David Bourget (Western Ontario)
David Chalmers (ANU, NYU)
Rafael De Clercq
Jack Alan Reynolds
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Continental Philosophy Review 42 (4):511-553 (2010)
Heidegger and East-Asian thought have traditionally been strongly correlated. However, although still largely unrecognized, significant differences between the political and metaphysical stance of Heidegger and his perceived counterparts in East-Asia most certainly exist. One of the most dramatic discontinuities between East-Asian thought and Heidegger is revealed through an investigation of Kitarō Nishida’s own vigorous criticism of Heidegger. Ironically, more than one study of Heidegger and East-Asian thought has submitted that Nishida is that representative of East-Asian thought whose philosophy most closely resembles Heideggerian thought. In words that then and now resound discordantly within the enshrined, established view of Heidegger’s relationship to East-Asian thought, Nishida stated uninhibitedly his own view of Heidegger in the noteworthy statement: “Heidegger is not worth your time… He…does not recognize that which is indispensible and decisive, namely, God.” This present study lays out for the first time in English, the significant differences between the metaphysical and political stances of Nishida and Heidegger, Nishida’s own critique of Heidegger, and Heidegger’s own rather dismal assessment of non-Western philosophy, all of which demonstrate a remarkable, hitherto unrecognized discontinuity between Heidegger and East-Asian thought.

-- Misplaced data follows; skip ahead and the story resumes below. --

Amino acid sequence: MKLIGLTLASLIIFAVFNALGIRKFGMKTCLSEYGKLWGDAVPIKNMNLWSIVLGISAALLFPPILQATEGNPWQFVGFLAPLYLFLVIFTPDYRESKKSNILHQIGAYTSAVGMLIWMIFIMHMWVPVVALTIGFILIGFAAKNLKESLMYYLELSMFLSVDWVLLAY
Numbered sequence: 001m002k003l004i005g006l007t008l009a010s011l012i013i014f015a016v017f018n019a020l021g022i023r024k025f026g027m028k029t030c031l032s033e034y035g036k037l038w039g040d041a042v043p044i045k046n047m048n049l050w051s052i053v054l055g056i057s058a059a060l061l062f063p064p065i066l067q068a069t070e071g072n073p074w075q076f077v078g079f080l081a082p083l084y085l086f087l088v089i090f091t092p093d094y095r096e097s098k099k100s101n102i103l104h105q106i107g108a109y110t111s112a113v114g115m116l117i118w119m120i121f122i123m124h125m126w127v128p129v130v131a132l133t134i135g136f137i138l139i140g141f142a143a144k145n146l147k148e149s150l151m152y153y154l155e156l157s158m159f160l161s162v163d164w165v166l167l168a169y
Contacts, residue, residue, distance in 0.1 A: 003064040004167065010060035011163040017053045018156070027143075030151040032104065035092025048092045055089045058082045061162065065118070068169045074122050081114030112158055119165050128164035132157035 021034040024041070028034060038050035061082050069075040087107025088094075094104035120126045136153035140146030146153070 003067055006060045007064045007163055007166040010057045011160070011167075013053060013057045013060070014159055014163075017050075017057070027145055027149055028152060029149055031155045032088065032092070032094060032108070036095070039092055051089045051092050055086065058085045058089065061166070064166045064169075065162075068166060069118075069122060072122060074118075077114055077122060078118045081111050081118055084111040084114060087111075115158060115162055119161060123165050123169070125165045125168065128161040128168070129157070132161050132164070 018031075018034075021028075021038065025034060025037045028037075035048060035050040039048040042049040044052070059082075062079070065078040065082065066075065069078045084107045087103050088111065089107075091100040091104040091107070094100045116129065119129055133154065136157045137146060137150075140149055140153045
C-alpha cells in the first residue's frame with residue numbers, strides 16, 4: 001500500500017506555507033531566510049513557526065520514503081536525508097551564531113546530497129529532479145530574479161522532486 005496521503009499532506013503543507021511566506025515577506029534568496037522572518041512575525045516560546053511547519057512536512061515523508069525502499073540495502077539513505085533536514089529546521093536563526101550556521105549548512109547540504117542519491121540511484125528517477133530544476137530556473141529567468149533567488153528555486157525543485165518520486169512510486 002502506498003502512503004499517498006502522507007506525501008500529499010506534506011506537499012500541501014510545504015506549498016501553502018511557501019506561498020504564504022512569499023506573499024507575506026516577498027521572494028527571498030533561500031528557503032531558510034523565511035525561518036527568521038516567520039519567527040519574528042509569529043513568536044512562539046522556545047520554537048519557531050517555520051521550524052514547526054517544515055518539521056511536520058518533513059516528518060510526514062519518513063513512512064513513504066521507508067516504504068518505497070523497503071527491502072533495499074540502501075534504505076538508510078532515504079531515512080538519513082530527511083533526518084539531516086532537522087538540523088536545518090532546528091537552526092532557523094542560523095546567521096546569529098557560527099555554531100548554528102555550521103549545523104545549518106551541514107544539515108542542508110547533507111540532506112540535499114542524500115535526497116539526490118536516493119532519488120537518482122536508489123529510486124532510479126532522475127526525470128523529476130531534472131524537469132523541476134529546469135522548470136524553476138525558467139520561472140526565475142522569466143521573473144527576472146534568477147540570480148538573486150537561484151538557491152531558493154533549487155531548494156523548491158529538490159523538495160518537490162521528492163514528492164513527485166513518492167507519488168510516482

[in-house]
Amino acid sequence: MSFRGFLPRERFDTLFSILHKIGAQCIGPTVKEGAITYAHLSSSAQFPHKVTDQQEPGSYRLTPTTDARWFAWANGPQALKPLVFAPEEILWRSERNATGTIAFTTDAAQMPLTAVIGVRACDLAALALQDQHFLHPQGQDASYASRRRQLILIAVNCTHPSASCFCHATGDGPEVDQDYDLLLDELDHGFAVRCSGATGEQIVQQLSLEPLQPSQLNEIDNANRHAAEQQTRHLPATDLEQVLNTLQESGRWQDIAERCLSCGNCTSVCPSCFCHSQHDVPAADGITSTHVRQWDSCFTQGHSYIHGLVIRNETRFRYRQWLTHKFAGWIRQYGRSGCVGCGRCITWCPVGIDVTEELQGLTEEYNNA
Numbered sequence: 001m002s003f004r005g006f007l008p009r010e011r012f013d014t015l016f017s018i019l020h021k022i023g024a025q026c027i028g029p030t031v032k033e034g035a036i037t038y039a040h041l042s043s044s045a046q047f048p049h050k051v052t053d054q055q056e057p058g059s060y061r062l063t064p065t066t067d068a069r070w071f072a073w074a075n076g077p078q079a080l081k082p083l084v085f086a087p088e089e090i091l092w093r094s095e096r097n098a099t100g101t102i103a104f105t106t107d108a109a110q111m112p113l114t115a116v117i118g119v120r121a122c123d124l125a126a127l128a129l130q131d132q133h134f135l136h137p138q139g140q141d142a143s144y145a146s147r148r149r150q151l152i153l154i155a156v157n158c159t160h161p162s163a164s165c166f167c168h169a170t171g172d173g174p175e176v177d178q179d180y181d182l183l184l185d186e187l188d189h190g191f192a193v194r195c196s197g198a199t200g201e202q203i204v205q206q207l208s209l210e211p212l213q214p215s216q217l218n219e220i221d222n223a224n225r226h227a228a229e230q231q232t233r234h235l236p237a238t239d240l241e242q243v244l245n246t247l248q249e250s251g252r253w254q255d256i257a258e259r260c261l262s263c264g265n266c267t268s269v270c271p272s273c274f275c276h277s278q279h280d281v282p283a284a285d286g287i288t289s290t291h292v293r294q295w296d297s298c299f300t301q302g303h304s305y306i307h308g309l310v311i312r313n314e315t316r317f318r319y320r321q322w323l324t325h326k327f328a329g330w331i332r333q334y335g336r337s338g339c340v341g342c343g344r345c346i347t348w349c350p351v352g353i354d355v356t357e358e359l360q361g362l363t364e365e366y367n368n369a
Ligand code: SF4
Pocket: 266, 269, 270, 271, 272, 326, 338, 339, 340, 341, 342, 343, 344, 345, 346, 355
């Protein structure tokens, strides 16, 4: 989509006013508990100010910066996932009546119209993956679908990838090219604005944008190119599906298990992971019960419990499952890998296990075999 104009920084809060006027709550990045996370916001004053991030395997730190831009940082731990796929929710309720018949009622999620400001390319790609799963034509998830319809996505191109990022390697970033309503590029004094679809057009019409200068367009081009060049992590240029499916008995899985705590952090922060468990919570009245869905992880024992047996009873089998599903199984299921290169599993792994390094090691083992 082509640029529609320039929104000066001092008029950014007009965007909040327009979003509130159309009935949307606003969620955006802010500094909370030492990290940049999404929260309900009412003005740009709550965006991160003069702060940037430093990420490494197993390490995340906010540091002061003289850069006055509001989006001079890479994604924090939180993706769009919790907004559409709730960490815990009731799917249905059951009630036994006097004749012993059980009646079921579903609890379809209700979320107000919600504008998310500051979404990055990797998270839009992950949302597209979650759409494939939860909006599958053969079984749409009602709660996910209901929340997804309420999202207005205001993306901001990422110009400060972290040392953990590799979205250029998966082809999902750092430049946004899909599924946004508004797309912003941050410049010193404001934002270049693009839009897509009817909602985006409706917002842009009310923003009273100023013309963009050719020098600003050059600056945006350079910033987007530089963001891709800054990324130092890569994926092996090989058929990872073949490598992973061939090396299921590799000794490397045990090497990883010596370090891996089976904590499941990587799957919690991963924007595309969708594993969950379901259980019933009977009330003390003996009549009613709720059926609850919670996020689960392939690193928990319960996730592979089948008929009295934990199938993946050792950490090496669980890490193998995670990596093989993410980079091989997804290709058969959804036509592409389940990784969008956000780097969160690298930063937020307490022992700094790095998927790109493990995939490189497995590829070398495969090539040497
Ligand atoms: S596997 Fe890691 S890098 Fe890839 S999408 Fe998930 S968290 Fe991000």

|Keywords||Heidegger Nishida Kyoto School Nothingness God Karl Barth Ethnocentrism Nazism East-Asian philosophy Comparative philosophy|
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References found in this work BETA
Martin Heidegger (1998). Pathmarks. Cambridge University Press.
Karl Barth (2004). Church Dogmatics. Edinburgh: T and T Clark.
Martin Heidegger (1971/1982). On the Way to Language. Harper & Row.
Charles R. Bambach (2003). Heidegger's Roots: Nietzsche, National Socialism and the Greeks. Cornell University Press.
Citations of this work BETA
David W. Johnson (2014). Perception, Expression, and the Continuity of Being: Some Intersections Between Nishida and Gadamer. Asian Philosophy 24 (1):48-66.
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